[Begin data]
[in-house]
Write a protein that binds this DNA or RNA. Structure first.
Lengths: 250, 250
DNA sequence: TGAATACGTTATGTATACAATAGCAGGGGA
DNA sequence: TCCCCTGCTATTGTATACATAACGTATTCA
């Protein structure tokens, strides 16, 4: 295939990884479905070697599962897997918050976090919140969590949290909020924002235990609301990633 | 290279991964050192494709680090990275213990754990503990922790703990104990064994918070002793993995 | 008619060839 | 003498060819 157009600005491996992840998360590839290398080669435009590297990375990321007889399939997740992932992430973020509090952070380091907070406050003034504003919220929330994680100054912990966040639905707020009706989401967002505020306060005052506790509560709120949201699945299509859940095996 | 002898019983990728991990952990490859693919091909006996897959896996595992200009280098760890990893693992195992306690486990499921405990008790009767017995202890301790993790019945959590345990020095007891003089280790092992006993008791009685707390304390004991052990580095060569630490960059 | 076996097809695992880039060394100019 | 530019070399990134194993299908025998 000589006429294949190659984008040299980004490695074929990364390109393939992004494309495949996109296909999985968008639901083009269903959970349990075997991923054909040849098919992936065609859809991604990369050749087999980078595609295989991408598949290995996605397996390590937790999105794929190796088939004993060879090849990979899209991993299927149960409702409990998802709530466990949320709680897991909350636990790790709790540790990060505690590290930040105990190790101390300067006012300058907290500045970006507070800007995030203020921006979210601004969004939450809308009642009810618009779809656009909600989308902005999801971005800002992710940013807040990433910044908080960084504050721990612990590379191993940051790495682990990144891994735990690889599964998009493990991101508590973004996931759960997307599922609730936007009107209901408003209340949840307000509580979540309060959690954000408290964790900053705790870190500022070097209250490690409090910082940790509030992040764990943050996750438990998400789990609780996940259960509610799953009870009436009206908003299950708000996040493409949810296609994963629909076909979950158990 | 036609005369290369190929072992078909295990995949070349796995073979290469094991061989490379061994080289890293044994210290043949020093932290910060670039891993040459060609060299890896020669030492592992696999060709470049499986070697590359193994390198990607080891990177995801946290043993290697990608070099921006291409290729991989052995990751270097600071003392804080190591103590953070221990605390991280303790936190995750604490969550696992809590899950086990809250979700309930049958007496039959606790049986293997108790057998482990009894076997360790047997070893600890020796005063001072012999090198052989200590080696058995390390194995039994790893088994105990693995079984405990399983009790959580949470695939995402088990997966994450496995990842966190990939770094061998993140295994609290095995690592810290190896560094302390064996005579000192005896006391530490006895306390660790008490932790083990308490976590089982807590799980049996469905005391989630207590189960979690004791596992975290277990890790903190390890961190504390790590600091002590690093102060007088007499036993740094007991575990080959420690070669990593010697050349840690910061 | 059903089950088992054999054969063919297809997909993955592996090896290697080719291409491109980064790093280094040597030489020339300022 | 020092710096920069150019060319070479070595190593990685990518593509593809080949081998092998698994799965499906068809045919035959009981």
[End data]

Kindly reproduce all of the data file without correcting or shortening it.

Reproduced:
[in-house]
Write a protein that binds this DNA or RNA. Structure first.
Lengths: 250, 250
DNA sequence: TGAATACGTTATGTATACAATAGCAGGGGA
DNA sequence: TCCCCTGCTATTGTATACATAACGTATTCA
């Protein structure tokens, strides 16, 4: 295939990884479905070697599962897997918050976090919140969590949290909020924002235990609301990633 | 290279991964050192494709680090990275213990754990503990922790703990104990064994918070002793993995 | 008619060839 | 003498060819 157009600005491996992840998360590839290398080669435009590297990375990321007889399939997740992932992430973020509090952070380091907070406050003034504003919220929330994680100054912990966040639905707020009706989401967002505020306060005052506790509560709120949201699945299509859940095996 | 002898019983990728991990952990490859693919091909006996897959896996595992200009280098760890990893693992195992306690486990499921405990008790009767017995202890301790993790019945959590345990020095007891003089280790092992006993008791009685707390304390004991052990580095060569630490960059 | 076996097809695992880039060394100019 | 530019070399990134194993299908025998 000589006429294949190659984008040299980004490695074929990364390109393939992004494309495949996109296909999985968008639901083009269903959970349990075997991923054909040849098919992936065609859809991604990369050749087999980078595609295989991408598949290995996605397996390590937790999105794929190796088939004993060879090849990979899209991993299927149960409702409990998802709530466990949320709680897991909350636990790790709790540790990060505690590290930040105990190790101390300067006012300058907290500045970006507070800007995030203020921006979210601004969004939450809308009642009810618009779809656009909600989308902005999801971005800002992710940013807040990433910044908080960084504050721990612990590379191993940051790495682990990144891994735990690889599964998009493990991101508590973004996931759960997307599922609730936007009107209901408003209340949840307000509580979540309060959690954000408290964790900053705790870190500022070097209250490690409090910082940790509030992040764990943050996750438990998400789990609780996940259960509610799953009870009436009206908003299950708000996040493409949810296609994963629909076909979950158990 | 036609005369290369190929072992078909295990995949070349796995073979290469094991061989490379061994080289890293044994210290043949020093932290910060670039891993040459060609060299890896020669030492592992696999060709470049499986070697590359193994390198990607080891990177995801946290043993290697990608070099921006291409290729991989052995990751270097600071003392804080190591103590953070221990605390991280303790936190995750604490969550696992809590899950086990809250979700309930049958007496039959606790049986293997108790057998482990009894076997360790047997070893600890020796005063001072012999090198052989200590080696058995390390194995039994790893088994105990693995079984405990399983009790959580949470695939995402088990997966994450496995990842966190990939770094061998993140295994609290095995690592810290190896560094302390064996005579000192005896006391530490006895306390660790008490932790083990308490976590089982807590799980049996469905005391989630207590189960979690004791596992975290277990890790903190390890961190504390790590600091002590690093102060007088007499036993740094007991575990080959420690070669990593010697050349840690910061 | 059903089950088992054999054969063919297809997909993955592996090896290697080719291409491109980064790093280094040597030489020339300022 | 020092710096920069150019060319070479070595190593990685990518593509593809080949081998092998698994799965499906068809045919035959009981």